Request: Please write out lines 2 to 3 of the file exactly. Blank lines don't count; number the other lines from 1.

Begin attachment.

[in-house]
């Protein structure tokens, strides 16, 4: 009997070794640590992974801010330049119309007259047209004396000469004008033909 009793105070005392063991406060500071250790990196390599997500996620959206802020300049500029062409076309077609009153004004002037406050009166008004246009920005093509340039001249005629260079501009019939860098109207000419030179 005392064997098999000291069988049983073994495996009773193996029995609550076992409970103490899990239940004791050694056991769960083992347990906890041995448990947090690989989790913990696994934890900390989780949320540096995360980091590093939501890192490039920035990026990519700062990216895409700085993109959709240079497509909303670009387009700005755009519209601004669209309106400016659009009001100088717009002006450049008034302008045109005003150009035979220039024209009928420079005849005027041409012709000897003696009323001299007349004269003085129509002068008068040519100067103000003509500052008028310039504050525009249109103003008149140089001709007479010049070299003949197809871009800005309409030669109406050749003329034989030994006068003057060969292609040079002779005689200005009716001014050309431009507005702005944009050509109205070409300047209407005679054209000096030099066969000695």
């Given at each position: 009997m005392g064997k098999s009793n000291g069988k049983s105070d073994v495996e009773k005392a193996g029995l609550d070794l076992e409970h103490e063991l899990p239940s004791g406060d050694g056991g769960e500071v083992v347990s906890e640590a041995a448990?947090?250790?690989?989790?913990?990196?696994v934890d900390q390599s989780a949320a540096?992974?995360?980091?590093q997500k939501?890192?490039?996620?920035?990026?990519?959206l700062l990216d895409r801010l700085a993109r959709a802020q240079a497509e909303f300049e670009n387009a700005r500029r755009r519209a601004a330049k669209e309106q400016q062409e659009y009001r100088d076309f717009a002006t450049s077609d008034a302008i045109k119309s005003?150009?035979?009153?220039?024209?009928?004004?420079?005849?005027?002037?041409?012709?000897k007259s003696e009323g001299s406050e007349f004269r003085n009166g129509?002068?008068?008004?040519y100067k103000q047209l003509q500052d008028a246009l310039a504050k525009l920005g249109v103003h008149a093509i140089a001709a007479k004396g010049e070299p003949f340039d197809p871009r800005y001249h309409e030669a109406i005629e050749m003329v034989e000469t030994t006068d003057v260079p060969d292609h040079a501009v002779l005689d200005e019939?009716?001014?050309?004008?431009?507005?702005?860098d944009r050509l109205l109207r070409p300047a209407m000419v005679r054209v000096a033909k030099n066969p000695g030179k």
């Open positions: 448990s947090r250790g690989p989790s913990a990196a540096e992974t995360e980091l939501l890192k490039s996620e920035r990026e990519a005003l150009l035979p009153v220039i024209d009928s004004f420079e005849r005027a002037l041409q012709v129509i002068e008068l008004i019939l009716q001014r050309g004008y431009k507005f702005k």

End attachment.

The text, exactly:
């Protein structure tokens, strides 16, 4: 009997070794640590992974801010330049119309007259047209004396000469004008033909 009793105070005392063991406060500071250790990196390599997500996620959206802020300049500029062409076309077609009153004004002037406050009166008004246009920005093509340039001249005629260079501009019939860098109207000419030179 005392064997098999000291069988049983073994495996009773193996029995609550076992409970103490899990239940004791050694056991769960083992347990906890041995448990947090690989989790913990696994934890900390989780949320540096995360980091590093939501890192490039920035990026990519700062990216895409700085993109959709240079497509909303670009387009700005755009519209601004669209309106400016659009009001100088717009002006450049008034302008045109005003150009035979220039024209009928420079005849005027041409012709000897003696009323001299007349004269003085129509002068008068040519100067103000003509500052008028310039504050525009249109103003008149140089001709007479010049070299003949197809871009800005309409030669109406050749003329034989030994006068003057060969292609040079002779005689200005009716001014050309431009507005702005944009050509109205070409300047209407005679054209000096030099066969000695």
């Given at each position: 009997m005392g064997k098999s009793n000291g069988k049983s105070d073994v495996e009773k005392a193996g029995l609550d070794l076992e409970h103490e063991l899990p239940s004791g406060d050694g056991g769960e500071v083992v347990s906890e640590a041995a448990?947090?250790?690989?989790?913990?990196?696994v934890d900390q390599s989780a949320a540096?992974?995360?980091?590093q997500k939501?890192?490039?996620?920035?990026?990519?959206l700062l990216d895409r801010l700085a993109r959709a802020q240079a497509e909303f300049e670009n387009a700005r500029r755009r519209a601004a330049k669209e309106q400016q062409e659009y009001r100088d076309f717009a002006t450049s077609d008034a302008i045109k119309s005003?150009?035979?009153?220039?024209?009928?004004?420079?005849?005027?002037?041409?012709?000897k007259s003696e009323g001299s406050e007349f004269r003085n009166g129509?002068?008068?008004?040519y100067k103000q047209l003509q500052d008028a246009l310039a504050k525009l920005g249109v103003h008149a093509i140089a001709a007479k004396g010049e070299p003949f340039d197809p871009r800005y001249h309409e030669a109406i005629e050749m003329v034989e000469t030994t006068d003057v260079p060969d292609h040079a501009v002779l005689d200005e019939?009716?001014?050309?004008?431009?507005?702005?860098d944009r050509l109205l109207r070409p300047a209407m000419v005679r054209v000096a033909k030099n066969p000695g030179k």